He was one of the leading figures in rescuing Pompey from footballing oblivion.
Now Mick Williams believes community ownership has run its course at Pompey.
If we created a checklist of what we would regard as a good, prospective owner then it looks like the Eisner family business ticks all the boxesMick Williams
The former club board member is convinced Michael Eisner is potentially the fit-and-proper character required to bankroll the Blues.
Williams stood alongside so many others on the front line of the Pompey Supporters’ Trust battle to save the club from liquidation.
Following High Court victory in April 2013, he subsequently spent two years on the boards of both the Trust and the club.
These days he is one of the Blues’ 16 presidents – in addition to serving as chairman of Pompey Ladies, while remaining a Trust shareholder.
Williams learned of the identity of Eisner as a bidder on Sunday night, during a conference call with Mark Catlin and his fellow presidents.
And the 68-year-old revealed the American billionaire would get his vote should a negotiated bid be tabled to shareholders.
He said: ‘Everybody in the city did a brilliant job when we saved the club from extinction, we stabilized it and made it sustainable.
‘But I don’t believe the current model can take us much further – and I have been saying that for a long time.
‘I see no way in which we can take the club to the sort of levels the fans and most of us want.
‘Outside investment is needed and that time is probably now.
‘I cannot stress how proud I am of what we achieved. Nobody can be prouder than me when I checked our credit rating after a few months and found we had a below average risk rating.
‘However, our income hasn’t really increased over the last three or four years. Unless we put season ticket prices up dramatically, it isn’t going to increase a lot in the near future.
‘I also strongly believe we need to spend a huge amount of money to meet Fratton Park’s health and safety requirements. That is even before you think about making it a better place for the fans.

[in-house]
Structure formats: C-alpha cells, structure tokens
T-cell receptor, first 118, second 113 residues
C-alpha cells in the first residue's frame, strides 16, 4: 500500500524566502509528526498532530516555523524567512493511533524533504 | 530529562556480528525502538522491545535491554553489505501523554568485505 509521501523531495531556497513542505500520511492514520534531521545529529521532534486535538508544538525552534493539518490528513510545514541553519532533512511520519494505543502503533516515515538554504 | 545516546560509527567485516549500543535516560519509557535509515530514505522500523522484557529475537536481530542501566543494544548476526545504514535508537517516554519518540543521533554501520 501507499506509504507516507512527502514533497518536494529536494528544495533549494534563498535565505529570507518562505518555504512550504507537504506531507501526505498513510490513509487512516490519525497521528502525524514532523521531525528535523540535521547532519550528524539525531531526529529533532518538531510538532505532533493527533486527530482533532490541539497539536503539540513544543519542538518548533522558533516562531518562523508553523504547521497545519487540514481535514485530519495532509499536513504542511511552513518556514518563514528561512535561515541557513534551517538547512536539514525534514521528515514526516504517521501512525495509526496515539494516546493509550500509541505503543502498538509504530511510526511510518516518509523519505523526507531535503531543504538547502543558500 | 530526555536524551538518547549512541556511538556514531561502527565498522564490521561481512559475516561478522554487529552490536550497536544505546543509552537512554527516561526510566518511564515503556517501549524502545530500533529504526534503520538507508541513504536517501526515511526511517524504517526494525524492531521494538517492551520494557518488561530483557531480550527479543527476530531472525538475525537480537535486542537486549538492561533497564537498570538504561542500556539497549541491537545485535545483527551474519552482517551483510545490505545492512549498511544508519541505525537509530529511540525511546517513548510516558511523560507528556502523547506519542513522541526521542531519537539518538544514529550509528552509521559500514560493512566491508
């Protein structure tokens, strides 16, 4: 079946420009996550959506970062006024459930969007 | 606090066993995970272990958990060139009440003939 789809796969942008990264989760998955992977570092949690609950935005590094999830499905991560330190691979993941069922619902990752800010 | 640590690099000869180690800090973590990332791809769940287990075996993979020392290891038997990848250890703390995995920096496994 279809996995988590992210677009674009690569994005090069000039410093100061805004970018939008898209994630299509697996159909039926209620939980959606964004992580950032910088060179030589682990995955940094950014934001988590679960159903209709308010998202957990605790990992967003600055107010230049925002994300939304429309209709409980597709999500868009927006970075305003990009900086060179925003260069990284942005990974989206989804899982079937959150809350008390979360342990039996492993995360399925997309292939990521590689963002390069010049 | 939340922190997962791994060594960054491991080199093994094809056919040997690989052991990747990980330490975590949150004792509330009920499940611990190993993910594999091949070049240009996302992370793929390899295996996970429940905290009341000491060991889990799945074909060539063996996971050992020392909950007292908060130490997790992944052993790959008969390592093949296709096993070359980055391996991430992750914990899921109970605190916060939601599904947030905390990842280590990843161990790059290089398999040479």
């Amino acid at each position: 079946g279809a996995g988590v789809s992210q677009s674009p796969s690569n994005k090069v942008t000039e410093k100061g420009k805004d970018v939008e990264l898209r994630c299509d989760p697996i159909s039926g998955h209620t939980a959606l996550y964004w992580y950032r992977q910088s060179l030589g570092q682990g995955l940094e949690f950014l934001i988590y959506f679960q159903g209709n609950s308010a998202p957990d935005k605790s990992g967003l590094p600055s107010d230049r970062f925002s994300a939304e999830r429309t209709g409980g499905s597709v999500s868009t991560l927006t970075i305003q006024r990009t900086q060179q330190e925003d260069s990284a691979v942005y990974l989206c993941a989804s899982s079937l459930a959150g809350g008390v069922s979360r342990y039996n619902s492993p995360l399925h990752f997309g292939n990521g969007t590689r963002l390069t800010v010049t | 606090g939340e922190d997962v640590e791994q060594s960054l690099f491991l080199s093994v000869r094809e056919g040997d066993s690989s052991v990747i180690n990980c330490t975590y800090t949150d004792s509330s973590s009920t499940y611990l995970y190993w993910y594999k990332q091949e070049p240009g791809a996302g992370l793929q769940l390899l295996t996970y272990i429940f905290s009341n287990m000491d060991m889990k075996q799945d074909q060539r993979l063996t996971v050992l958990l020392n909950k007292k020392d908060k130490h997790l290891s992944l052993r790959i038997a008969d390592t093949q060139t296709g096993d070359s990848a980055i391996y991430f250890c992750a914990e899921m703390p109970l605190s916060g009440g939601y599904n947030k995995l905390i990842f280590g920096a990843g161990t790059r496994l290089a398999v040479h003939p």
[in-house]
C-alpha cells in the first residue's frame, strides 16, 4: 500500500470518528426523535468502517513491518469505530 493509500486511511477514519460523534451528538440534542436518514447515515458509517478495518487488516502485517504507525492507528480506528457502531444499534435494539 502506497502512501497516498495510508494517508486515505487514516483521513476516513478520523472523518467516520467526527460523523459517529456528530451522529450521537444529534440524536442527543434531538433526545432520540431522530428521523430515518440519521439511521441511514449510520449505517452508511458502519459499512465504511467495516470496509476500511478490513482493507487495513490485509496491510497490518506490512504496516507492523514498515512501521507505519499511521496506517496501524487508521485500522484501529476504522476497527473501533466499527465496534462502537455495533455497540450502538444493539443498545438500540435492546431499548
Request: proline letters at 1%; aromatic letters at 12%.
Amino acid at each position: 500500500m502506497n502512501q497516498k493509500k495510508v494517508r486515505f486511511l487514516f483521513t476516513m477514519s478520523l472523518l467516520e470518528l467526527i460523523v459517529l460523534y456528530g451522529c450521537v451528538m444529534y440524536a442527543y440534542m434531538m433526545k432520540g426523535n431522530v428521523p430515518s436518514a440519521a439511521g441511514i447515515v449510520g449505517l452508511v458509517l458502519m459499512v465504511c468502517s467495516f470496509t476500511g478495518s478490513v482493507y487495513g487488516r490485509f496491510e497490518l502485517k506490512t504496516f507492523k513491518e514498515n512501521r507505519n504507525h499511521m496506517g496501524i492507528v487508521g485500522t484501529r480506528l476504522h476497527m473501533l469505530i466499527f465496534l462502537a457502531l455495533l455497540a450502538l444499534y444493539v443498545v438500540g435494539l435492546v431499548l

‘We have an old wooden South Stand, an old wooden North Stand and a Milton End which everybody knows the line of the steps are not right.
‘I just fear we’d have to spend millions on it and that can only come from either the fans or further investment. As for building new stands, they are out of the question.
‘It’s too late now for the Trust to raise a considerable amount of money through a community share issue to maintain their percentage share holding. Besides, you cannot keep asking fans to dip into their pockets.
‘We do have a bit of money in the Escrow account through the Tesco deal, but that isn’t going to last long and what do we do then? If we have to spend money on the ground it has to come out of the playing budget.
‘And can we expect the gate revenue we are currently receiving if the team is not doing as well as it should be?
‘Everyone heavily involved in the club realises we need new investment and I believe there have been all sorts of people, most of them probably tyre kickers again, who have been enquiring.
‘Now we have an American billionaire. If we created a checklist of what we would regard as a good, prospective owner then it looks like the Eisner family business ticks all the boxes
‘Fans are nervous and quite rightly so because of previous owners.
‘However, maybe now is the time when we should be proud of what we’ve done – but start looking at something different.’
Eisner remains in negotiations with Pompey’s board, with a summer outcome anticipated should talks continue to progress.
Once an agreed bid has been finalised, it will then be put to club shareholders, which consist of the Trust and the presidents.
They will then be presented the opportunity to vote, with Williams having the distinction of being affiliated to both camps.
In the build up to such an outcome, the full extent of Eisner’s deal will be released, with the likelihood of the prospective owner meeting fans to explain his plans in person.
Until that time, there remains a shortage of finer details, yet Williams is encouraged by the background of the American.
He added: ‘We were minutes away from not existing and I don’t believe we could have come back very easily on a Plan B because we wouldn’t have had Fratton Park.
‘Then under the stewardship of the current board, the club has made an annual profit which is almost unheard of in football. Although it’s small, we certainly haven’t been racking up debts.
‘During those days I met some of those interested in buying the club, I spoke to others on the phone. People like Joseph Cala, Laurence Bassini, no thanks.
‘Then you look at Michael Eisner’s background.
‘I have not spoken to him. The presidents were made aware of potential interest in January and kept in the loop, but only found out his name on Sunday evening in a conference call.
‘I cannot speak for the Trust, but from the presidents’ point of view there is a lot of optimism about this deal. Certainly, there is no reason to stop talking to these people.
‘Obviously, at the moment we don’t actually have a hard, firm offer on the table – but they are making all the right noises.
‘I know it’s early, but we don’t have anything to lose by continuing discussions and negotiations with the family.
‘Then, assuming it gets that far, let the shareholders make the decision.
‘Subject to the final offer, I am inclined to say I would vote in favour of Michael Eisner. I am very excited about the situation.
‘I just think now is the right time.’